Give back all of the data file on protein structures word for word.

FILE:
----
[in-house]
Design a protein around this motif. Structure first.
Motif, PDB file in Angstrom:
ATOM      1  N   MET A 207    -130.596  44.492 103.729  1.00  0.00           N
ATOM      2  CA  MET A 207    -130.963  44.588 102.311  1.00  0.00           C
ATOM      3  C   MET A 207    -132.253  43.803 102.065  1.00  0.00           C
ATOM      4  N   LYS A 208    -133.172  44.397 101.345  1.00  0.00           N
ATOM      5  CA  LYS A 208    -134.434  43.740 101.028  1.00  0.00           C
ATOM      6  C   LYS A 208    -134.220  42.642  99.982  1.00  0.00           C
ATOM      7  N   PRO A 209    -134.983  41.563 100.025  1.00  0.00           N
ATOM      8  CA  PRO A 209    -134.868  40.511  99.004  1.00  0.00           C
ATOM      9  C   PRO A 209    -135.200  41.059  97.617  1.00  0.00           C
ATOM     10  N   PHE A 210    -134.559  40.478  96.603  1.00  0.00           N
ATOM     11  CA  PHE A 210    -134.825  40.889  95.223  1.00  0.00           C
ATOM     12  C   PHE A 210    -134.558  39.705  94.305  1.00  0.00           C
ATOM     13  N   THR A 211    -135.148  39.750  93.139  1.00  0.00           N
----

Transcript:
[in-house]
Design a protein around this motif. Structure first.
Motif, PDB file in Angstrom:
ATOM      1  N   MET A 207    -130.596  44.492 103.729  1.00  0.00           N
ATOM      2  CA  MET A 207    -130.963  44.588 102.311  1.00  0.00           C
ATOM      3  C   MET A 207    -132.253  43.803 102.065  1.00  0.00           C
ATOM      4  N   LYS A 208    -133.172  44.397 101.345  1.00  0.00           N
ATOM      5  CA  LYS A 208    -134.434  43.740 101.028  1.00  0.00           C
ATOM      6  C   LYS A 208    -134.220  42.642  99.982  1.00  0.00           C
ATOM      7  N   PRO A 209    -134.983  41.563 100.025  1.00  0.00           N
ATOM      8  CA  PRO A 209    -134.868  40.511  99.004  1.00  0.00           C
ATOM      9  C   PRO A 209    -135.200  41.059  97.617  1.00  0.00           C
ATOM     10  N   PHE A 210    -134.559  40.478  96.603  1.00  0.00           N
ATOM     11  CA  PHE A 210    -134.825  40.889  95.223  1.00  0.00           C
ATOM     12  C   PHE A 210    -134.558  39.705  94.305  1.00  0.00           C
ATOM     13  N   THR A 211    -135.148  39.750  93.139  1.00  0.00           N